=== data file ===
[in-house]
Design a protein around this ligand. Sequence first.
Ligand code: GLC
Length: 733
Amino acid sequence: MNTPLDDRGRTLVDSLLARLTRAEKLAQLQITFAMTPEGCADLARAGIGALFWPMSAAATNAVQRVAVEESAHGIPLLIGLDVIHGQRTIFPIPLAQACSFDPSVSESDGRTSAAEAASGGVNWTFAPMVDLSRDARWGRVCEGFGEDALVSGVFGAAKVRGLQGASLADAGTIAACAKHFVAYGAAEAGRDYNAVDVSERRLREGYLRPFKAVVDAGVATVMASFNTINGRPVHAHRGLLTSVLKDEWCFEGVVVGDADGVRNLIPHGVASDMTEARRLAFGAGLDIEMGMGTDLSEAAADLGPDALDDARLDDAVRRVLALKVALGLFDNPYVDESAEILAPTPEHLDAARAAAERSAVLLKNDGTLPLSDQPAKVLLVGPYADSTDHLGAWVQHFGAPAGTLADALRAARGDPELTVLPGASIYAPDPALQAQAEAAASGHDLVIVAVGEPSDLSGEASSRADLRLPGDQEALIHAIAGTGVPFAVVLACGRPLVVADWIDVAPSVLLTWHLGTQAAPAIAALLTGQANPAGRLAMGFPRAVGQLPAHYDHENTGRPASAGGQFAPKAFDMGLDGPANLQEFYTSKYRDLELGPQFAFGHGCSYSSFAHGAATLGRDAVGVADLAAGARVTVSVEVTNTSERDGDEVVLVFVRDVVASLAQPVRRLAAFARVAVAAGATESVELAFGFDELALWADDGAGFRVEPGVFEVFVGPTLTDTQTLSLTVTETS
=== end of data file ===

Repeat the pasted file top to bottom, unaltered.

[in-house]
Design a protein around this ligand. Sequence first.
Ligand code: GLC
Length: 733
Amino acid sequence: MNTPLDDRGRTLVDSLLARLTRAEKLAQLQITFAMTPEGCADLARAGIGALFWPMSAAATNAVQRVAVEESAHGIPLLIGLDVIHGQRTIFPIPLAQACSFDPSVSESDGRTSAAEAASGGVNWTFAPMVDLSRDARWGRVCEGFGEDALVSGVFGAAKVRGLQGASLADAGTIAACAKHFVAYGAAEAGRDYNAVDVSERRLREGYLRPFKAVVDAGVATVMASFNTINGRPVHAHRGLLTSVLKDEWCFEGVVVGDADGVRNLIPHGVASDMTEARRLAFGAGLDIEMGMGTDLSEAAADLGPDALDDARLDDAVRRVLALKVALGLFDNPYVDESAEILAPTPEHLDAARAAAERSAVLLKNDGTLPLSDQPAKVLLVGPYADSTDHLGAWVQHFGAPAGTLADALRAARGDPELTVLPGASIYAPDPALQAQAEAAASGHDLVIVAVGEPSDLSGEASSRADLRLPGDQEALIHAIAGTGVPFAVVLACGRPLVVADWIDVAPSVLLTWHLGTQAAPAIAALLTGQANPAGRLAMGFPRAVGQLPAHYDHENTGRPASAGGQFAPKAFDMGLDGPANLQEFYTSKYRDLELGPQFAFGHGCSYSSFAHGAATLGRDAVGVADLAAGARVTVSVEVTNTSERDGDEVVLVFVRDVVASLAQPVRRLAAFARVAVAAGATESVELAFGFDELALWADDGAGFRVEPGVFEVFVGPTLTDTQTLSLTVTETS